Forty-two per cent of metropolitan councils have higher levels of current liabilities than current assets, compared with just 16% of all councils.
The figures emerged from the latest and final release of the Audit Commission’s financial ratios tool. The figures relate to the financial year 2012-13.
The commission warned councils with low ratios of current assets to current liabilities to take steps to ensure they could meet short-term liabilities.
It added that it could be expensive for councils to take on short-term borrowing to pay debts.
“The ratio of current assets to current liabilities is an indicator of how a council manages its short-term finances,” it said.
The report also recommended that councils ensured they had sufficient reserves for planned future needs and contingencies without impinging on current expenditure.
Geoff Winterbottom, principal research officer at the Special Interest Group of Municipal Authorities (Sigoma), said it was no surprise that metropolitan councils’ holding of cash had declined in recent years.
“This is because it has become significantly cheaper to borrow [in the] short term or [to] self-invest [using cash investments to finance funding needs] than to undertake long-term borrowing,” he said.
“This, coupled with the risk attached to safely placing surplus funds and the minimal returns on investment, means that many authorities I know have pursued a treasury policy of increased short-term borrowing while reducing cash investments.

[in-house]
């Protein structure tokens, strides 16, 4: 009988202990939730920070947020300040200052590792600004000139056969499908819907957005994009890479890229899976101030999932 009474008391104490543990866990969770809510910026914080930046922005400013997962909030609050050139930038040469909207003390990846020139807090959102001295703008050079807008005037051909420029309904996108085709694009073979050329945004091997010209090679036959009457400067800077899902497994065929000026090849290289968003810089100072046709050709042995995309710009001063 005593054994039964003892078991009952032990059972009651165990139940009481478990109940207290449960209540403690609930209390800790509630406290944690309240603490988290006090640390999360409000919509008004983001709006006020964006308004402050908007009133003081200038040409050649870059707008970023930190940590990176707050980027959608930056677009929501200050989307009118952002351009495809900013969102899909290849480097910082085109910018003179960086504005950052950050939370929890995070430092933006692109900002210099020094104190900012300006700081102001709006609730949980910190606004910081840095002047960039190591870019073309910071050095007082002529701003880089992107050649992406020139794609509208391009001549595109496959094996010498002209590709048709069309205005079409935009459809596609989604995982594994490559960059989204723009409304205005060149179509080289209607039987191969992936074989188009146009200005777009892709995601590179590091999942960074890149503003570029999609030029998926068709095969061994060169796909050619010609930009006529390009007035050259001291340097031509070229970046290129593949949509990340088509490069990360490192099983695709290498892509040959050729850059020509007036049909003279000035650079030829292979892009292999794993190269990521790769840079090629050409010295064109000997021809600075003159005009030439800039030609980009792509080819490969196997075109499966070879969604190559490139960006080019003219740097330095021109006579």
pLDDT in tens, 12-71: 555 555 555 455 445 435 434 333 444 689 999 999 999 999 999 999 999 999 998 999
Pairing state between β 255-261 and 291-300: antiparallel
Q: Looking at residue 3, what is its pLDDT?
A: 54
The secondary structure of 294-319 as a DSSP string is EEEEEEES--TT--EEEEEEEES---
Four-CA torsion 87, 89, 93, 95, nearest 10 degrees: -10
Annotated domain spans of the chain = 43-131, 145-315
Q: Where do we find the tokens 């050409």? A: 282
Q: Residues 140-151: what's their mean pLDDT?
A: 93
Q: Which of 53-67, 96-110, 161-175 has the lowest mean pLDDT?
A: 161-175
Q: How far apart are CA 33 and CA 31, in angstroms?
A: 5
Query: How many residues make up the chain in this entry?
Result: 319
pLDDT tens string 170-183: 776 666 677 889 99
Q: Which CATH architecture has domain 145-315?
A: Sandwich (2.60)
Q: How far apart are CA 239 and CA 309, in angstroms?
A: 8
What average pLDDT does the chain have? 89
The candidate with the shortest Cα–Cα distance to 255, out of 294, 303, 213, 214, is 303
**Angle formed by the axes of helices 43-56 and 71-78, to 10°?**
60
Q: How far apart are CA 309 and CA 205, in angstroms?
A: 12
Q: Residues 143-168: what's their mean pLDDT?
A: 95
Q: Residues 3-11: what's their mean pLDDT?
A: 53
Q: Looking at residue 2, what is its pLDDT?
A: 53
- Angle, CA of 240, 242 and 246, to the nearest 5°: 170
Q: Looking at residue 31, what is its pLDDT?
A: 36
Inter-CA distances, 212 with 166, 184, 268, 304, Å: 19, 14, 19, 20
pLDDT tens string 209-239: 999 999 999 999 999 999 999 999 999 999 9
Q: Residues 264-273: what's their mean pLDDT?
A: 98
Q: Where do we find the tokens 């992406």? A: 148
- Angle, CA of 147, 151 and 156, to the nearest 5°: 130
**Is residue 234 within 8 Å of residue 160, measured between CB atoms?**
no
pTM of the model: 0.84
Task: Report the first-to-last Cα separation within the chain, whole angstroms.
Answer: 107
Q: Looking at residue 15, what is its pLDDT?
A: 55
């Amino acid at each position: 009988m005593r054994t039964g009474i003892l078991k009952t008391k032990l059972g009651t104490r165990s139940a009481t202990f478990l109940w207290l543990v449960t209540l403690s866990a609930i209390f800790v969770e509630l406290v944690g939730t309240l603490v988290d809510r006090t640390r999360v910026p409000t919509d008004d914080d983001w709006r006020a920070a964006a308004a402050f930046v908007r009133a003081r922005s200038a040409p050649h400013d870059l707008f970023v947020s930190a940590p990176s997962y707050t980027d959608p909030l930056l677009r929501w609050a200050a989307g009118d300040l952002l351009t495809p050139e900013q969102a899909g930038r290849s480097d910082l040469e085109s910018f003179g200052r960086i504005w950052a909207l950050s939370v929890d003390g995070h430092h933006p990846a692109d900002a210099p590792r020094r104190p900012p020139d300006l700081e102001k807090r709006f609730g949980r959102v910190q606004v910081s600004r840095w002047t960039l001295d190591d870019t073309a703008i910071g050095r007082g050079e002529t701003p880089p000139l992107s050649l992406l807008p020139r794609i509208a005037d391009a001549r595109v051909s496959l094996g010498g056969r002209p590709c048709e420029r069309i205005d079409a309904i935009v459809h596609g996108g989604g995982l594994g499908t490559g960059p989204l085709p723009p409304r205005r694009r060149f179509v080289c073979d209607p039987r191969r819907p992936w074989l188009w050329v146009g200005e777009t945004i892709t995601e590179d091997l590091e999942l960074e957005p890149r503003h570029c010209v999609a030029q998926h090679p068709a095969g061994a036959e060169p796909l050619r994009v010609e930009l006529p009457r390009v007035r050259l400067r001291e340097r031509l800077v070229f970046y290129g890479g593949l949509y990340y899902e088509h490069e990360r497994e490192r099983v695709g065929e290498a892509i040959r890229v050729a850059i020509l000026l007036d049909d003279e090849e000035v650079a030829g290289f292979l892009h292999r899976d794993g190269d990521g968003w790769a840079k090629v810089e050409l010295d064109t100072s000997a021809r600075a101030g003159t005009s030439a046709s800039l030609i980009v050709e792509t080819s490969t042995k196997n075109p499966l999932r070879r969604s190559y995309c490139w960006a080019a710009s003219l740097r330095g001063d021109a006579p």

“This will also yield immediate benefits in terms of the net cost of borrowing to authorities facing budget cuts.”
But he added: “We have consistently maintained that municipal authorities are the most resource constrained of local authorities and face the greatest cuts compared to their service demands, so it can hardly be a surprise that this translates into the most cash constrained.
“If you equate short-term liabilities and assets with operational income and expenditure, then mets are the ones working to the tightest margins between cost of service and funding.”
Gillian Fawcett, head of public sector at ACCA, the Association of Chartered Certified Accountants, described the ratio analysis as “a useful tool for identifying the financial stresses faced by councils”.
She said: “In the case of metropolitan councils where they have a lower level of assets compared to liabilities, the ratio provides an indication that further probing is required to find out where the stresses and strains are in managing their short-term finances.
“A potential risk for these councils is that they could fail to meet their liabilities.
“The report does not make it clear why metropolitan councils are worse than other local authorities at managing their short-term finances.
“It could be for a number of reasons, such as delaying paying creditors, less cash in the bank, less money available to place in short-term investments or growing PFI lease commitments.
“But what is clear is that those councils affected should be scrutinising why they have a lower level of assets to liabilities.”
Bradford, Coventry, Leeds, Liverpool and Rochdale councils all responded to enquiries by saying their current assets exceed their current liabilities.